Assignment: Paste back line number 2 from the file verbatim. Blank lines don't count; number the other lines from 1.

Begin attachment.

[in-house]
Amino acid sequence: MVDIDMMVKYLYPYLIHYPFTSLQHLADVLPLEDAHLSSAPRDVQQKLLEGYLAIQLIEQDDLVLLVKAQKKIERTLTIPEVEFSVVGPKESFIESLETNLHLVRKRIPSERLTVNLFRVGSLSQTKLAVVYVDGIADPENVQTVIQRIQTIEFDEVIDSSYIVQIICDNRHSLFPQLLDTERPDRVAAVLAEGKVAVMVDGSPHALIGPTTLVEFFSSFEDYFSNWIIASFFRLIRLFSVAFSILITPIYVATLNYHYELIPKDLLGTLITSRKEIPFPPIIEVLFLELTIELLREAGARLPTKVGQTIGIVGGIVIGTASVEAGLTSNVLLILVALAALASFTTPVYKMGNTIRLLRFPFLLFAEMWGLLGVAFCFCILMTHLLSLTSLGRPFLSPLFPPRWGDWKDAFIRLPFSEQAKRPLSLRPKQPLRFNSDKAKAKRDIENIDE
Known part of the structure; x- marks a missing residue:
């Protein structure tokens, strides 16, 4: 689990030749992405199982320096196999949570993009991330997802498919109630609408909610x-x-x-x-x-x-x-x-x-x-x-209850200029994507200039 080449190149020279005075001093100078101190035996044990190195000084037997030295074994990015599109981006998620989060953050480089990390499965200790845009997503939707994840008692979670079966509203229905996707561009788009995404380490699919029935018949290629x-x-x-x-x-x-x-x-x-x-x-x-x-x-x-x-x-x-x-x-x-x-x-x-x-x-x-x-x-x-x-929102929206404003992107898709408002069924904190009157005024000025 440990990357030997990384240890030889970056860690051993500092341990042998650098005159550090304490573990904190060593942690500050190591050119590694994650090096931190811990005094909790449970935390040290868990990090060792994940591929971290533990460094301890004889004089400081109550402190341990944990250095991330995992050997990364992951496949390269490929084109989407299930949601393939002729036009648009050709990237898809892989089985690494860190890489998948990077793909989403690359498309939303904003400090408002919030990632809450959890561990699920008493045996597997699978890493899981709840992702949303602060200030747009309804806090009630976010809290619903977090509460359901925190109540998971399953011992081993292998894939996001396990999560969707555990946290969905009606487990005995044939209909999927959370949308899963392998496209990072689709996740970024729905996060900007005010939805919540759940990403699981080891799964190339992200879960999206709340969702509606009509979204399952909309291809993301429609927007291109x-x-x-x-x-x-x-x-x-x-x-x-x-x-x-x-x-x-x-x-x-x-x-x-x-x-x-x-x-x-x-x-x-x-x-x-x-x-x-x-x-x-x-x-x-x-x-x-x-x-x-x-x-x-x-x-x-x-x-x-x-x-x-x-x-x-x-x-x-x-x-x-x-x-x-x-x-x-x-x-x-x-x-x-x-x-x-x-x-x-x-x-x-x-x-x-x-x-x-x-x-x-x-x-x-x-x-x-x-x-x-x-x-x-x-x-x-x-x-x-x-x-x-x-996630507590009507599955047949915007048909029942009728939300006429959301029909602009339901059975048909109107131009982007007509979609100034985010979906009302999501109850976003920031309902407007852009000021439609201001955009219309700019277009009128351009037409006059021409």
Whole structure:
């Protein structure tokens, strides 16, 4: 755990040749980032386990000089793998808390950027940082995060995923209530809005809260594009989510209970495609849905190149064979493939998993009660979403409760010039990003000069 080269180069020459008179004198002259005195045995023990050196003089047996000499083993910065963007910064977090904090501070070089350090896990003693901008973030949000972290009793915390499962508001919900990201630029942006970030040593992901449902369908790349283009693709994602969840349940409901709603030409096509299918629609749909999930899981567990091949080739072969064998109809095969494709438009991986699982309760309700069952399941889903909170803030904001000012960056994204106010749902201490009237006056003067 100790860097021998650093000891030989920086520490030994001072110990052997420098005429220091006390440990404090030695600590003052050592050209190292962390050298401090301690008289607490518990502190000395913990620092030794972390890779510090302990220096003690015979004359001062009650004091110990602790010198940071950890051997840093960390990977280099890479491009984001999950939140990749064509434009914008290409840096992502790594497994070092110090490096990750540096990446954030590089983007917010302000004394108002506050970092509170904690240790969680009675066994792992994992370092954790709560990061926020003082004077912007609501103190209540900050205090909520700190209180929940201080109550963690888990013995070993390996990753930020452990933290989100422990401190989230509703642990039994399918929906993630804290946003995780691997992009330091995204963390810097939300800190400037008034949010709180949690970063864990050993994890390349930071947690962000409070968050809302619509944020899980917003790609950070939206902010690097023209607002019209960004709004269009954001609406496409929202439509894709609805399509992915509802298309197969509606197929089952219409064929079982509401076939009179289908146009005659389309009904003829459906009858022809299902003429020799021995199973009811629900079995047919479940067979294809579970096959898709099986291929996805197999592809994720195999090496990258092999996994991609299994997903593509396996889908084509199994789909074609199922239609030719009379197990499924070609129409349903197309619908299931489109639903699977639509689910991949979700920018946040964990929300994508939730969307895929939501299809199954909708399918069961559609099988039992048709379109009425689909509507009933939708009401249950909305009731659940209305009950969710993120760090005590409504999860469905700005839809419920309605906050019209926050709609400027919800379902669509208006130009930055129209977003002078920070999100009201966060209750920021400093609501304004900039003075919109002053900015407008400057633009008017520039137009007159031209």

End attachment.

Amino acid sequence: MVDIDMMVKYLYPYLIHYPFTSLQHLADVLPLEDAHLSSAPRDVQQKLLEGYLAIQLIEQDDLVLLVKAQKKIERTLTIPEVEFSVVGPKESFIESLETNLHLVRKRIPSERLTVNLFRVGSLSQTKLAVVYVDGIADPENVQTVIQRIQTIEFDEVIDSSYIVQIICDNRHSLFPQLLDTERPDRVAAVLAEGKVAVMVDGSPHALIGPTTLVEFFSSFEDYFSNWIIASFFRLIRLFSVAFSILITPIYVATLNYHYELIPKDLLGTLITSRKEIPFPPIIEVLFLELTIELLREAGARLPTKVGQTIGIVGGIVIGTASVEAGLTSNVLLILVALAALASFTTPVYKMGNTIRLLRFPFLLFAEMWGLLGVAFCFCILMTHLLSLTSLGRPFLSPLFPPRWGDWKDAFIRLPFSEQAKRPLSLRPKQPLRFNSDKAKAKRDIENIDE